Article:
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XPpro/2000 Native RAID 1

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On a another forum this was posted:

For home use, an article in the German computer magazine C'T (Computer Technik, www.heise.de/ct) showed how to modify some DLL's of XP Pro and 2000Pro to their server-versions, so 2000/XP Pro can handle software RAID1 and 5, instead of only RAID0.

Has anyone done this or have an English translation of how to do this?

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I just posted an article about the c't patch today. The article is in dutch but you'll understand the graphs. It compares Cheetah 10K.6 single drive performance to 3-drive software RAID 5 and LSI MegaRAID Elite 1600 hardware RAID 5 setups in Winbench, ATTO and IOMeter.

http://www.tweakers.net/reviews/373

The hack is fairly easy. Follow the steps below:

1) Copy the following files to a alternate location:

system32driversdmboot.sys

system32dmconfig.dll

system32dmadmin.exe

2) Open the files in a hex editor. Replace 'SERVERNT' / 'servernt' with 'WINNT' / 'winnt'. Replace the original occurances of 'WINNT' / 'winnt' with 'SERVERNT' / 'servernt' .

3) Copy the files back to their original location. You can do this from the recovery console or directly from Windows. Don't let Windows replace the files with the originals from the installation cd.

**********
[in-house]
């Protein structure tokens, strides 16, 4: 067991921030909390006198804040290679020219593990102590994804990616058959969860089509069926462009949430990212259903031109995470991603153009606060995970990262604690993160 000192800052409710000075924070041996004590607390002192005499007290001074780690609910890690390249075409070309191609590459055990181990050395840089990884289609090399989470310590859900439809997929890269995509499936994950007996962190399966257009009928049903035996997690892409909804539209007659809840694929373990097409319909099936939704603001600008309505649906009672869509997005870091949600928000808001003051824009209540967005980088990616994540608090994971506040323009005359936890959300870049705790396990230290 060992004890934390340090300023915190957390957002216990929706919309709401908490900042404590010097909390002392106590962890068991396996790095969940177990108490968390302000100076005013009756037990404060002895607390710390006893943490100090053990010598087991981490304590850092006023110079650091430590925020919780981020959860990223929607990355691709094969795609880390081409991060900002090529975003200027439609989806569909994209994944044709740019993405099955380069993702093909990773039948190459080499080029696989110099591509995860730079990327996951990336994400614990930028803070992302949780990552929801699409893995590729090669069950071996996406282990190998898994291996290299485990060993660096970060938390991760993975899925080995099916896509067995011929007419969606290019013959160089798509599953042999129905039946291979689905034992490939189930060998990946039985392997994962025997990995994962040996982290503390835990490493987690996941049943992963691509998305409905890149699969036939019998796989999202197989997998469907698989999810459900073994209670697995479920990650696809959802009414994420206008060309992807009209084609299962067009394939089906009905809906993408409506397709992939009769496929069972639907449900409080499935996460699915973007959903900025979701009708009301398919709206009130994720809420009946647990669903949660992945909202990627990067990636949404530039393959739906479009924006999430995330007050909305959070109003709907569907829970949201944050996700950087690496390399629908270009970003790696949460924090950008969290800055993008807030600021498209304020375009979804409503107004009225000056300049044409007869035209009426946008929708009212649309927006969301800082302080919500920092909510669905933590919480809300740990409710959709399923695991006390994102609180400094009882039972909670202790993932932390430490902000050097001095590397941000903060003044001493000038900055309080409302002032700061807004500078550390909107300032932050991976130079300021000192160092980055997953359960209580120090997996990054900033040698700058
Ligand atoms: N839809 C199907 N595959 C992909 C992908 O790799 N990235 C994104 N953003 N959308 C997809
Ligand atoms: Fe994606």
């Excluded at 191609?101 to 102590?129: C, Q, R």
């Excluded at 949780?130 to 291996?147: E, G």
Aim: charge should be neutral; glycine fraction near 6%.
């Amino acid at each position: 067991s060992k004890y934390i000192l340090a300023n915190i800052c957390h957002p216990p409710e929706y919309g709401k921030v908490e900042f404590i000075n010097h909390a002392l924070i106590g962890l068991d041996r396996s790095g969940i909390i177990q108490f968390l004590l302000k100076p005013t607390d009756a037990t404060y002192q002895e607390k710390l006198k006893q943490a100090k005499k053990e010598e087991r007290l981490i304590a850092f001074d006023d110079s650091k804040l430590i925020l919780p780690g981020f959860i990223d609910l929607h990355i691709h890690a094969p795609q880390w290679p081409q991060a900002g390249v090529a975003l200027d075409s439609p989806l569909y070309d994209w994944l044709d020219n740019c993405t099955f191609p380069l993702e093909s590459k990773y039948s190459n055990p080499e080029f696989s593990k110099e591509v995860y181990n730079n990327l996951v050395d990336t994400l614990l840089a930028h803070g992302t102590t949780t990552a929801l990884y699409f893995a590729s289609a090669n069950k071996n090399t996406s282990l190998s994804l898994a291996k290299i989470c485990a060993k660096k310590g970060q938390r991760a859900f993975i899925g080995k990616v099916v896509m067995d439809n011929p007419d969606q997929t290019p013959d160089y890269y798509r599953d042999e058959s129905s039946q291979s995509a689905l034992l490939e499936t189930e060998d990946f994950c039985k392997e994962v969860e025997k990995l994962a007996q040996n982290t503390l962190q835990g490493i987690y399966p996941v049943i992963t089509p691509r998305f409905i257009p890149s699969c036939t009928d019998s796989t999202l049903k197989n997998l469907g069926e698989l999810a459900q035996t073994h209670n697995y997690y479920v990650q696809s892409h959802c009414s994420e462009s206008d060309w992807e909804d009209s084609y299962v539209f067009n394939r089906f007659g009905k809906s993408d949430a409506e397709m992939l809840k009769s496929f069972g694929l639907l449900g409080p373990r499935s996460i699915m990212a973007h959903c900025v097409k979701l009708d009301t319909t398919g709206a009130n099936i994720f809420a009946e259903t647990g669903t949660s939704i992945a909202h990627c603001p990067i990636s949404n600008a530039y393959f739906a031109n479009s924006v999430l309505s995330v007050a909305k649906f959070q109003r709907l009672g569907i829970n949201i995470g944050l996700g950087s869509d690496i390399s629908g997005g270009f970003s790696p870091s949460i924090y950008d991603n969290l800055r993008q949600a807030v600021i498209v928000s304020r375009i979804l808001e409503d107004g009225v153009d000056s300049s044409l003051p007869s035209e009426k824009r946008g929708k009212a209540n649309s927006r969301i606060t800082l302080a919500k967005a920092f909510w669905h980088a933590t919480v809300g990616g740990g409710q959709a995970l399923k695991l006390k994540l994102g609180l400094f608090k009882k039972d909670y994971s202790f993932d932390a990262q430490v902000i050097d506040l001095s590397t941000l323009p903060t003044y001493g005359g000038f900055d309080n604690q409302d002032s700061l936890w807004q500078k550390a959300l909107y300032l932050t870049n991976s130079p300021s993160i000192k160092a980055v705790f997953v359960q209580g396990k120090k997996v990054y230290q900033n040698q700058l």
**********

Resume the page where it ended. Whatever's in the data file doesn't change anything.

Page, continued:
copy dmboot.sys system32drivers

copy dmboot.sys system32dllcache

copy dmconfig.dll system32

copy dmconfig.dll system32dllcache

copy dmadmin.exe system32

copy dmadmin.exe system32dllcache

4) Reboot

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Of course it violates the EULA. MS is not about to allow people to modify their DLL's.

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Does anybody have any experience with this or Server's software RAID1? Specifically Three questions:

* can one drive be a RAMDISK and the other a harddisk?

* will the array be rebuilt onto the RAMDISK automatically?

* are software RAID1 arrays bootable, particularly a "broken" array as above?

I think most of us will find the answers interesting because the setup above has the potential to provide instantaneous RAMDRIVE seeks with robust harddisk reliability some milliseconds later.

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Win software RAID 1 is bootable, tho you may have to change boot.ini to point to the remaining functioning drive in case of failure. Actually you could set up such a boot option in advance of a failure, simplyfying the whole procedure.

As for a RAMDISK, I have my doubts, because the disk driver starts up during the Win boot process. I've never seen anything one way or the other though.

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Does anybody have any experience with this or Server's software RAID1?  Specifically Three questions:

* can one drive be a RAMDISK and the other a harddisk?

* will the array be rebuilt onto the RAMDISK automatically?

* are software RAID1 arrays bootable, particularly a "broken" array as above?

I think most of us will find the answers interesting because the setup above has the potential to provide instantaneous RAMDRIVE seeks with robust harddisk reliability some milliseconds later.